Life in a Fishbowl
When 15-year-old Jackie Stone’s father is diagnosed with a brain tumor, it sends her into a tailspin. Her father is her world.
“Jackie Stone loved her father. She loved him a lot. She kept a photo of her dad, Jared, taped to the inside of her locker at school . . . Whenever the day got rough, which for Jackie was more often than not, she would sneak a peek at that photo. It had become a kind of visual security blanket.”
Jackie’s father doesn’t know how to respond when he finds out he is dying. Basically, he freaks out, thinking about what will happen to his family when he’s gone. He looks for a way to end his suffering before it gets too bad.
“An idea started to percolate in Jared’s brain. A crazy idea. An idea only a man with a high-grade gliobastoma multiforme could possibly have. He would auction his life—not his things, but his actual life—on eBay. The euthanasia lobby was pressuring him to take a position on a proposed expansion to Oregon’s right-to-die laws; he would become their poster boy.”
The book takes off from there, offering up a multitude of characters who want to bid, the members of his family, and friends of each person. There are so many, it’s hard to keep up. Finally, his auction is taken down since it violates eBay’s rules, and the Stone family ends up on a reality show, which becomes their lives— watched by millions as they grieve and live out the last few weeks of Jared’s life.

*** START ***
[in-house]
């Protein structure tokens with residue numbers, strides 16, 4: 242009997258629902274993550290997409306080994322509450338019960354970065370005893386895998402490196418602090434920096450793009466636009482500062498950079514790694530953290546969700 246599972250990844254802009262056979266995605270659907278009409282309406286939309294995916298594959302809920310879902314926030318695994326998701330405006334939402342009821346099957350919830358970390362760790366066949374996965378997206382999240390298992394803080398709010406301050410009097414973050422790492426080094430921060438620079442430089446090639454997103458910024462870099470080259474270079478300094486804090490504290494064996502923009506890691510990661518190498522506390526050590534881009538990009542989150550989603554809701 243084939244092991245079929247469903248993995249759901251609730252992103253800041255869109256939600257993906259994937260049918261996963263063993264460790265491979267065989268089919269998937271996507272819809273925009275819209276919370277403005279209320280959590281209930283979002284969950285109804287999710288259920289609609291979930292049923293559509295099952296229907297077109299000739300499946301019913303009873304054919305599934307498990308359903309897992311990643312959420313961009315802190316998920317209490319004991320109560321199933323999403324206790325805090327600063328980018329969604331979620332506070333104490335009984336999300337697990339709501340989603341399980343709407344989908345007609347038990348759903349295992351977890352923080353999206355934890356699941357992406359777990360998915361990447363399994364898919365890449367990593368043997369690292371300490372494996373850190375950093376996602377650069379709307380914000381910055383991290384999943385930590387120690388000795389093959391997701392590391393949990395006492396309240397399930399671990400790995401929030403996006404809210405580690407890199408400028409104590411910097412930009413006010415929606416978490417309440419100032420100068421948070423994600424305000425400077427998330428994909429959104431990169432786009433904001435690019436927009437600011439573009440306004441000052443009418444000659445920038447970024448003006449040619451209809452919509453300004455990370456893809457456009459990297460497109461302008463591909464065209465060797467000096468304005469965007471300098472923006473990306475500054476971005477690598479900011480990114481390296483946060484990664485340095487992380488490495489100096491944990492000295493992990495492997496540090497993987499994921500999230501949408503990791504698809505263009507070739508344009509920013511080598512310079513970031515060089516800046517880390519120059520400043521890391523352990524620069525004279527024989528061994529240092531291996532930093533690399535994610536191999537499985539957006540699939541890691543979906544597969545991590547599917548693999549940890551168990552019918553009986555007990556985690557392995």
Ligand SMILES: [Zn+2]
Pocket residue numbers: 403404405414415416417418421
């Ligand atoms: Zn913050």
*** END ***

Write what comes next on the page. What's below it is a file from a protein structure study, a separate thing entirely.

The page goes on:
Jackie finds friends who help her fight back against the monster of a television show, and her mom and sister join in. Jackie is likeable and relatable, and her friends embody the goodness still to be found in some people.
Jared’s brain tumor is anthropomorphized, which is quirky and unique, but also distracting. It becomes a character in its own right, along with the people.
“Like most living things, the tumor had no idea how it had come into being. Much as a baby emerges from the womb and finds its mother’s nipple, the glioblastoma simply woke up one day eating its way through the gray matter in Jared’s frontal lobe and knew that it was pleased to be there.”
This book introduces a cross-section of characters, and could appeal to both teens and adults. It investigates the depths of loss, the complexity of right-to-die laws, and the greed of the entertainment industry. A mix of humor and drama, there are parts to appeal to every reader.